Probability models are typically parameterized by a vector of parameters ψ, which is sometimes emphasized by using the notation p(x,h|ψ). For instance, the hidden intrinsic appearance r The likelihood of the observed variables is a measure of the compatibility between the model or the data, and is computed by marginalization,
3.1.1 Variational Inference: The standard inference method based on Bayes rule is not always computationally feasible. Once some of the variables in a model are observed, the variables that did not have an edge between them might become coupled through the observed variable. This, and possible nonlinearities in the model, sometimes complicate the inference, and create the need for variational approximations as described below. For example, as illustrated in Consequently, variational methods are used to approximate the posterior distribution with a simplified form that leads to a tractable integration over hidden variables. As discussed below, this approximation renders the result of the integration strictly smaller than the real likelihood, and this provides guarantees on convergence of variational inference and learning algorithms. Using the well-known Jensen's inequality, the log-likelihood of the observation can be bounded using an arbitrary probability distribution function function q(h):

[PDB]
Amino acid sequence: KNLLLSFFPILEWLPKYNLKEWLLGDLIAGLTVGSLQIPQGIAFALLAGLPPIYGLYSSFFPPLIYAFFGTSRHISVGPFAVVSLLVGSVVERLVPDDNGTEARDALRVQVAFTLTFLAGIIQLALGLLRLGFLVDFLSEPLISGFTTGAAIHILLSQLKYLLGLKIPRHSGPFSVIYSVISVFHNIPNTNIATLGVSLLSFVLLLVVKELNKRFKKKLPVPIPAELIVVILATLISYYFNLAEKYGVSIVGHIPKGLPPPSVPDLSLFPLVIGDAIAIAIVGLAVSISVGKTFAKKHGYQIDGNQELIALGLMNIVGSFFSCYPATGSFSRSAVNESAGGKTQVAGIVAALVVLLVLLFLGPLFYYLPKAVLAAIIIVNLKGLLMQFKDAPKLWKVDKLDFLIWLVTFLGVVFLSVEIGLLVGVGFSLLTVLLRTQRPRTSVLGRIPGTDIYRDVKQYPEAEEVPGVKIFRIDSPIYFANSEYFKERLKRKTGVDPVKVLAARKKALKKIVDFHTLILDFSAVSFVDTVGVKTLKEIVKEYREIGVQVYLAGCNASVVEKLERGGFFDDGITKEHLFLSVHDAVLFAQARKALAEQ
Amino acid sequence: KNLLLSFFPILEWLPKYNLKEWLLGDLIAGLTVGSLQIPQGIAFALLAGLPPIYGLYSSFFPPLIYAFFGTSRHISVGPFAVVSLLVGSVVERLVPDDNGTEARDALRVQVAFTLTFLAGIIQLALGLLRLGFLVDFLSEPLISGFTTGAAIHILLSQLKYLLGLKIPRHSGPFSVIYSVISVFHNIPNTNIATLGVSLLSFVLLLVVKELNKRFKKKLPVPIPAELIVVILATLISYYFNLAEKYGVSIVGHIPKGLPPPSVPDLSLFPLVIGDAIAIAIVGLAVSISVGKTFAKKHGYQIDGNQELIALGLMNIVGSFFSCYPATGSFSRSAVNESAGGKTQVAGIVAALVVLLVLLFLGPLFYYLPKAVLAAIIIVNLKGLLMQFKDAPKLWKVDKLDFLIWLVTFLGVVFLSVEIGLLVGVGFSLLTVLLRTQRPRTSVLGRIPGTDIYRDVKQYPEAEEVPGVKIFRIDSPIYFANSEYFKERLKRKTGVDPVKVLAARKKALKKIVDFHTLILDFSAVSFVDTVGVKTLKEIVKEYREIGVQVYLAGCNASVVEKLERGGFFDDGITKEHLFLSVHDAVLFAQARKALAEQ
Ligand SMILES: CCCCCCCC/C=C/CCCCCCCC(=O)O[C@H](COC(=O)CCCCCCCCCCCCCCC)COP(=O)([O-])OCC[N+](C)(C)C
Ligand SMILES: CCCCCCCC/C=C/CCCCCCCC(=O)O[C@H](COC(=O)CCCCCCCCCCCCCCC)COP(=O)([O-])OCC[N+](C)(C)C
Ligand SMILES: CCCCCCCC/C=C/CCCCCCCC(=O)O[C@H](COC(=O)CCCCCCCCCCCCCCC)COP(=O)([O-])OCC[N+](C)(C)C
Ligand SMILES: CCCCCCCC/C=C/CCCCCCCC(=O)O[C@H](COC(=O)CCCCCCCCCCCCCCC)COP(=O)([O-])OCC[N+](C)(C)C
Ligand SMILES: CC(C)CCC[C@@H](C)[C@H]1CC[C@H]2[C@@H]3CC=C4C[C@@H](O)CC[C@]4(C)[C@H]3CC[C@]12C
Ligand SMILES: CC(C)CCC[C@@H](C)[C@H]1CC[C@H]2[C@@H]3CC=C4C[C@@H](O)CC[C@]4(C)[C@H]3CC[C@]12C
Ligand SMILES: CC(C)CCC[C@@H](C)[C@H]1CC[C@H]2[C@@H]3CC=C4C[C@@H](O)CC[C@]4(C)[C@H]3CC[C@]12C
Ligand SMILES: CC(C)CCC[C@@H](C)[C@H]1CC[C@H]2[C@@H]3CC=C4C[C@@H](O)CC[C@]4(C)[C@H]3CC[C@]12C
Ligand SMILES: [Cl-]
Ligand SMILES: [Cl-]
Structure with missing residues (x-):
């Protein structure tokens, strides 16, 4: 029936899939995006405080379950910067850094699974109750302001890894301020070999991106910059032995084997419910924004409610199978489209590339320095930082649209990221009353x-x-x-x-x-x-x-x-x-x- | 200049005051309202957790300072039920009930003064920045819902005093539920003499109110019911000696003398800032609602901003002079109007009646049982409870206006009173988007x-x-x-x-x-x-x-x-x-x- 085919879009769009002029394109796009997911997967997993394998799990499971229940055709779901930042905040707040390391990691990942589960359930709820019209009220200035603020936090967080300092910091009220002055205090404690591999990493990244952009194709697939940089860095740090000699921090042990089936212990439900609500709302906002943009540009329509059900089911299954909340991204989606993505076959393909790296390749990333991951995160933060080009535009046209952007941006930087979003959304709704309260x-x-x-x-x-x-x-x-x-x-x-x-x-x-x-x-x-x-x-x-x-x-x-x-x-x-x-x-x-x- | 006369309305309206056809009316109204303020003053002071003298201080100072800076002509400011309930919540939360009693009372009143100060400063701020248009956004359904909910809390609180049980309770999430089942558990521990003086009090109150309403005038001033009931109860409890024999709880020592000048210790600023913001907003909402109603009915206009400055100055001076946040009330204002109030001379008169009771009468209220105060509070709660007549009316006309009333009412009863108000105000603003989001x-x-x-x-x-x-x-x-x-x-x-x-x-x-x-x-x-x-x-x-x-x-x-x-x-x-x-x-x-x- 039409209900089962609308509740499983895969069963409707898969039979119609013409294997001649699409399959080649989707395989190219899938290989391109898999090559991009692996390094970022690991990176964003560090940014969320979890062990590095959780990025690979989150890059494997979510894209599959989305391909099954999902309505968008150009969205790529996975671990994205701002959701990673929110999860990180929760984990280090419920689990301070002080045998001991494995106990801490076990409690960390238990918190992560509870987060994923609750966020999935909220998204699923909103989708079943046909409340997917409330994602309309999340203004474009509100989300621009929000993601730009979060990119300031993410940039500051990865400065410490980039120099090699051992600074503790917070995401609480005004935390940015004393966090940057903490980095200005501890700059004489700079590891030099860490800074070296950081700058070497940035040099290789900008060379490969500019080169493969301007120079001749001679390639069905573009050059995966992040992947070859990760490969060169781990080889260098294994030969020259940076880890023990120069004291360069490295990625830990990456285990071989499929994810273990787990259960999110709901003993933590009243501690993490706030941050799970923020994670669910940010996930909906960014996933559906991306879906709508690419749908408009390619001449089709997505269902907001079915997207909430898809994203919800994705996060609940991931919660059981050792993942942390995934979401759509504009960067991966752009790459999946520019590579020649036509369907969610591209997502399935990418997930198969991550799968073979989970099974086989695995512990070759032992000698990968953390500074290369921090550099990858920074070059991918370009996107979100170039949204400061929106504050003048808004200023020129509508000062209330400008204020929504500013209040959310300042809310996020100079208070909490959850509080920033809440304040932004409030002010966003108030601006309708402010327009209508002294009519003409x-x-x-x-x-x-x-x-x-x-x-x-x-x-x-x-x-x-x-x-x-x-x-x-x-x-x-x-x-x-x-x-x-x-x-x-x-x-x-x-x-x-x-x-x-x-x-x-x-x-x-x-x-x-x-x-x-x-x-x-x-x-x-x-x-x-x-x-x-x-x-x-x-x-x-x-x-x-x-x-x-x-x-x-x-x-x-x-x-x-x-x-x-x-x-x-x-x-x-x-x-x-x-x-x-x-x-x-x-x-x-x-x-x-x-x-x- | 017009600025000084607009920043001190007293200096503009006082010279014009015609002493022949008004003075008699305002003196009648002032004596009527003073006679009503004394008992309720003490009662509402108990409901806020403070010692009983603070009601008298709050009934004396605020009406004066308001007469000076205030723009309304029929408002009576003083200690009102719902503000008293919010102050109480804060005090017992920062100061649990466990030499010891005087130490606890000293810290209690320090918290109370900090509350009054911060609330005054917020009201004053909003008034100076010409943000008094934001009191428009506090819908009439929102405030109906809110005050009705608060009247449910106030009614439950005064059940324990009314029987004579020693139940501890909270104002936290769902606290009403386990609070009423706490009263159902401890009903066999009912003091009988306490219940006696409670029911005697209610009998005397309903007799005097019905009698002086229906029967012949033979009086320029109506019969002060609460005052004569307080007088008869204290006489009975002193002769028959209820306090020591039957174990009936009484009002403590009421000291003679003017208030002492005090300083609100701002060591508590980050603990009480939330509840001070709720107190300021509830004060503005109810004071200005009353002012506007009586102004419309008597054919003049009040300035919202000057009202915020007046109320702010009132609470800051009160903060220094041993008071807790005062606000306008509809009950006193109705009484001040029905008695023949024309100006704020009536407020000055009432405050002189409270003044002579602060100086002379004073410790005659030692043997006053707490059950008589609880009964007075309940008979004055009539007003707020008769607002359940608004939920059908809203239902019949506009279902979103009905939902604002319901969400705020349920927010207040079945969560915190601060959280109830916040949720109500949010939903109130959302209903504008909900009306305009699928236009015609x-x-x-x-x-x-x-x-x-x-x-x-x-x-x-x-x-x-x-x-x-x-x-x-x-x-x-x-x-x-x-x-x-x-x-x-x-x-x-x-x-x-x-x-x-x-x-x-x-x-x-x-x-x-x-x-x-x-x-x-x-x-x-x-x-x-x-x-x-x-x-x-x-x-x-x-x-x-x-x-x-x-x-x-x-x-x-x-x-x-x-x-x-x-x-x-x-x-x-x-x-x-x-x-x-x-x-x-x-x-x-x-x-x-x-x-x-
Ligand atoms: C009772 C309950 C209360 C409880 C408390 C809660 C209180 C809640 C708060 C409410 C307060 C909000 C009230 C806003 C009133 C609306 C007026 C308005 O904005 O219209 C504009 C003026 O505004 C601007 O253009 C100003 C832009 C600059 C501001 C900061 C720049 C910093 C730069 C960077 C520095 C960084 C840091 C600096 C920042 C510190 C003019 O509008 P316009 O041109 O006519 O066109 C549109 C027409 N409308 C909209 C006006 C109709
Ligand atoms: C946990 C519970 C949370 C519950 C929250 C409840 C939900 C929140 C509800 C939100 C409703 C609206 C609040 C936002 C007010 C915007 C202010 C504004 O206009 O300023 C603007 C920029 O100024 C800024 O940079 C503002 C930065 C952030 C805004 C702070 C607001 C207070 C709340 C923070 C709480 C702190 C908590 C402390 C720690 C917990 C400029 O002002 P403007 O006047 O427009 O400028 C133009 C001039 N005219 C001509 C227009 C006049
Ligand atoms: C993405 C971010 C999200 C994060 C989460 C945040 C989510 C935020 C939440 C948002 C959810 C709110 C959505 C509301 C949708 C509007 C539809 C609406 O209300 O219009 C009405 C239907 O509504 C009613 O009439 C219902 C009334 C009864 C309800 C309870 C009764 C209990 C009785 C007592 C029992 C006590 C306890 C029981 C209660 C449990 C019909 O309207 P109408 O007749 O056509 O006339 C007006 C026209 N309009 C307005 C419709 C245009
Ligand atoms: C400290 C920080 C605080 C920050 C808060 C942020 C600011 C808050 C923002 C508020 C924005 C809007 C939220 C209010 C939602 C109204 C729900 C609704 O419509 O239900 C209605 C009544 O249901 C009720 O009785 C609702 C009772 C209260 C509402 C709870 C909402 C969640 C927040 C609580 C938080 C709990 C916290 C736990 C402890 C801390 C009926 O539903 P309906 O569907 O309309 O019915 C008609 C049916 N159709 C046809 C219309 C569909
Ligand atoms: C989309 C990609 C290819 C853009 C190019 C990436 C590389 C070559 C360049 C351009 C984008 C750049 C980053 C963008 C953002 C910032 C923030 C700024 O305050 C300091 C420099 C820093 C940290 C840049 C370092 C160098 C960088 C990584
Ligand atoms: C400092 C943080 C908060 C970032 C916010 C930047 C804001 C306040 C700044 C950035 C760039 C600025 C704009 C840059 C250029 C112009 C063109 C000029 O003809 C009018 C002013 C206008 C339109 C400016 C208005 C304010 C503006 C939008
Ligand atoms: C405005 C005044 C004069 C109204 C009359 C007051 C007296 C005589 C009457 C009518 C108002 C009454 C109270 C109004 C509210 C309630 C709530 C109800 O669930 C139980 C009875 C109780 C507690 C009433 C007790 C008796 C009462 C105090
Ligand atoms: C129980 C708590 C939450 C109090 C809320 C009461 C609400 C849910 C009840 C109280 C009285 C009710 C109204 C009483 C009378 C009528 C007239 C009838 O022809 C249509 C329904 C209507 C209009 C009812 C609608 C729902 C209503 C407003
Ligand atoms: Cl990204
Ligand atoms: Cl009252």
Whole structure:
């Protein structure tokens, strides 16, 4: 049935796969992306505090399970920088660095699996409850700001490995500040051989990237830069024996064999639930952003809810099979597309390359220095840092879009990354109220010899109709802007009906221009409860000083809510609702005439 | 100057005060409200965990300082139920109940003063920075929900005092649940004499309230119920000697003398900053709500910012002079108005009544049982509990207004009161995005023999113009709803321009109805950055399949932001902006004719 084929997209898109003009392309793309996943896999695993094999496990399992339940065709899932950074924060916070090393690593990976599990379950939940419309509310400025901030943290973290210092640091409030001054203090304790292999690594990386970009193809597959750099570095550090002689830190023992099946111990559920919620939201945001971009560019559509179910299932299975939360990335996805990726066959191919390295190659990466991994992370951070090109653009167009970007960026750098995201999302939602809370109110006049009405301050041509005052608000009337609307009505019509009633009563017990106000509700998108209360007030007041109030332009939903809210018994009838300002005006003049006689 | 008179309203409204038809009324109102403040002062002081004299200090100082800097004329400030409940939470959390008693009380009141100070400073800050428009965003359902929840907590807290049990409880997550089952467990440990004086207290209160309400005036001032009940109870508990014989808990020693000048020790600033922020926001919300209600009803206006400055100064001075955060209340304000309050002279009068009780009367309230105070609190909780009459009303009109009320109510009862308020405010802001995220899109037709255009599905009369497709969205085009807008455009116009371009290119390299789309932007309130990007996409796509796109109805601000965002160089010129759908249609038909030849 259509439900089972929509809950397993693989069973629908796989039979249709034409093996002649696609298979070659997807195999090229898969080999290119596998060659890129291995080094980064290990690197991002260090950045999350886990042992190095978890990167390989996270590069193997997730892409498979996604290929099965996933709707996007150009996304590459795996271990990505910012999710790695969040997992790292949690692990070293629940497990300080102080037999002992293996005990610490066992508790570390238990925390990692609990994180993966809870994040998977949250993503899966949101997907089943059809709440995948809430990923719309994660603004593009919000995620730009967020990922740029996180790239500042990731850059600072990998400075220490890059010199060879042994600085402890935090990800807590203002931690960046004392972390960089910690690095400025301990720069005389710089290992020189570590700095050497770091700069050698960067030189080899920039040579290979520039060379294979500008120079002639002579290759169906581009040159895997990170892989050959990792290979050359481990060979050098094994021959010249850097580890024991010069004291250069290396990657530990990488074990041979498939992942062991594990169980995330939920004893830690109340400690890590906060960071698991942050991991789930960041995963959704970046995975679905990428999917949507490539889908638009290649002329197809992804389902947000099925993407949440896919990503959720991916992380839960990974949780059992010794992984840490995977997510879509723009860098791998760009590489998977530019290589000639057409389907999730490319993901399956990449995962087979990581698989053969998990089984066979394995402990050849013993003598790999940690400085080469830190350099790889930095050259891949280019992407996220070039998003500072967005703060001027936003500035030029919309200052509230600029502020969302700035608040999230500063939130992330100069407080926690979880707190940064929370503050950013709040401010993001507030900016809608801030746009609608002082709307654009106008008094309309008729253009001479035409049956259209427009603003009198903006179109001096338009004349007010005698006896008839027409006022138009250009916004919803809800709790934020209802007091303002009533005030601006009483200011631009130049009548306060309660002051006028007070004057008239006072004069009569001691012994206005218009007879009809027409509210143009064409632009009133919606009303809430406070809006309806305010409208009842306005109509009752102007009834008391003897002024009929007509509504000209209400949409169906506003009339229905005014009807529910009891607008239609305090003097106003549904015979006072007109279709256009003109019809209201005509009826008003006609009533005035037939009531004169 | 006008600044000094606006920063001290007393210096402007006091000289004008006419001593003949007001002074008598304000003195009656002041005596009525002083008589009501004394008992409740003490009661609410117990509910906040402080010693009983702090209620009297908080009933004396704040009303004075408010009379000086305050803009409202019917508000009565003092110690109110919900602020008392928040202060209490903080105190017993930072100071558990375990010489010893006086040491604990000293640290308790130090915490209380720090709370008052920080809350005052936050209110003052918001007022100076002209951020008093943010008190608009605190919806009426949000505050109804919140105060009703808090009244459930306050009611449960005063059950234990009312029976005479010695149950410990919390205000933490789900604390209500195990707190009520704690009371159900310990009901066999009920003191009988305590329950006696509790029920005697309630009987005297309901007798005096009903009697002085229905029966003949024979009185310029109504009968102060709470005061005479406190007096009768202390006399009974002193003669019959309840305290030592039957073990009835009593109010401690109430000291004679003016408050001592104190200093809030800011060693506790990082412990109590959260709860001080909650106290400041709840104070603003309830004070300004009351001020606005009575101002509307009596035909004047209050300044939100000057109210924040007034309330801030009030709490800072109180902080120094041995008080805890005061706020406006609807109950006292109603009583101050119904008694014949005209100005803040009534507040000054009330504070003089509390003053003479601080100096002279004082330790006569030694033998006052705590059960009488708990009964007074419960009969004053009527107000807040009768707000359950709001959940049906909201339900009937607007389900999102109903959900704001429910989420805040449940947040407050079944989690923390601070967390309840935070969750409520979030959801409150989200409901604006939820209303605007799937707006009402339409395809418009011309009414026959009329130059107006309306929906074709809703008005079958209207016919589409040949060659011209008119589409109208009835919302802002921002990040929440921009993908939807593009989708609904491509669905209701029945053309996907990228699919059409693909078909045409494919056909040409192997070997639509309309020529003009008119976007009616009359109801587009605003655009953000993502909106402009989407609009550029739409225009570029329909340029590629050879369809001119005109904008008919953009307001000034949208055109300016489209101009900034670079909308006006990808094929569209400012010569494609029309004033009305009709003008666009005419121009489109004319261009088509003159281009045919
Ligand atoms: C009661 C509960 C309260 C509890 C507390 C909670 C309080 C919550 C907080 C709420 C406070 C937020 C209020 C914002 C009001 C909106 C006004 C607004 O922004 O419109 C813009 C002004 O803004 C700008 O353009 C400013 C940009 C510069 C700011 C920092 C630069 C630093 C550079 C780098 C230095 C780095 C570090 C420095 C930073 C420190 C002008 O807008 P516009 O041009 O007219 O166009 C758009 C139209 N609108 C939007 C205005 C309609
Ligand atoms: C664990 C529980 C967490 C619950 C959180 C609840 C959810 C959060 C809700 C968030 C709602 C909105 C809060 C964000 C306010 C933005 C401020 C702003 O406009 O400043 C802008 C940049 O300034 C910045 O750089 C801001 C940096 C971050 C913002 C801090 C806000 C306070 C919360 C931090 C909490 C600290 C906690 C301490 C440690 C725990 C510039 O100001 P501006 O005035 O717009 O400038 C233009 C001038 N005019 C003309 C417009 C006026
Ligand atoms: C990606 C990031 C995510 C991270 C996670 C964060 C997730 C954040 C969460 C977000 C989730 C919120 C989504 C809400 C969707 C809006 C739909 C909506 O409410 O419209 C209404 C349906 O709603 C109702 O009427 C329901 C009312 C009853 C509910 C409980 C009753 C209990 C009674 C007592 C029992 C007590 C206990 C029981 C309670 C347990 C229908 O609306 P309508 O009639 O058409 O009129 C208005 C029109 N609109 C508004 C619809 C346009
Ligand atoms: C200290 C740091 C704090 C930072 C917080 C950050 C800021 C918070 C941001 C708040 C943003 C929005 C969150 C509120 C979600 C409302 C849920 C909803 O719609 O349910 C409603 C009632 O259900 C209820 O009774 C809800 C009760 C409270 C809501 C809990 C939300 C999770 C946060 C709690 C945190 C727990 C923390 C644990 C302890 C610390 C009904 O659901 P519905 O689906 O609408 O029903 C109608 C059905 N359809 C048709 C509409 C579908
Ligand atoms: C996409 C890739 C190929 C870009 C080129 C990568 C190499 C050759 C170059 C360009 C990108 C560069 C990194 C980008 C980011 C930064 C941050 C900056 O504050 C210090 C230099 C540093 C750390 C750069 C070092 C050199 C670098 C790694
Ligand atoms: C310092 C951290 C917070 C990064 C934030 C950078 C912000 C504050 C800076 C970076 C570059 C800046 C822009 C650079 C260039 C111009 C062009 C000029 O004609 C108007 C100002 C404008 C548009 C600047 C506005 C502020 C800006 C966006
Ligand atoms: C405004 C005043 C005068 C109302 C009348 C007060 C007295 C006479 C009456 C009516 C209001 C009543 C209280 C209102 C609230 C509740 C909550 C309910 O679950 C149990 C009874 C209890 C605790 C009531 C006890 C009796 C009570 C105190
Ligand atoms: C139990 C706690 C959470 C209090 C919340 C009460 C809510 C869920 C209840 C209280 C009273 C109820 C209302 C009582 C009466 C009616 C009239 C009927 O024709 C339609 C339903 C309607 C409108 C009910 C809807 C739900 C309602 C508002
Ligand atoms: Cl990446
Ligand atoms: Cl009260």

This casts inference in a slightly different light, as from Equation 6, it can be considered as searching for the best auxiliary probability distribution q(h) in terms of the above bound. Typically, such a search is not tractable and is thus limited on a subset Q of all possible functions q(h), parameterized by vector a φ. This concept is emphasized below by the general notation q(h,φ). If the true posterior p(h|x) is in Q, then maximizing the bound B with respect to φwill produce the exact posterior q(h,φ)=p(h|x). Otherwise, when p(h|x)∉Q, the optimization will yield a q(h) that is as close as possible to the true posterior in terms of the “Kullback-Leibler distance” (i.e., the “KL distance”): Apart from choosing a tractable parametric form for q, another useful approximation is a factorization of q. For example, given a model p(x,h This term breaks into two consecutive integrations of log p(x|h In each step, one of the sets of parameters is kept fixed while other is chosen so as to optimize the bound. Thus in each step the bound is increased, which guarantees convergence to a local maximum. In this example, each step is very efficient as each step reduces to solving a set of linear equations, 3.1.2 Composing Complex Models from Simpler Modules: In the example provided above in Section 3.1.1, it was shown that that when the posterior is factorized, the bound reduces to a sum of expectations. Under a simple condition, the groups of these expectations are equal to the bounds for submodels consisting of the grouped variables. Some expectations will be shared between submodels, and they serve as interfaces. However, within a set of variables without links to other submodels the bound can be studied independently from the rest of the model. As described below, this allows building more complex models from a number of independently designed modules. Consider a simple probability model p(x,h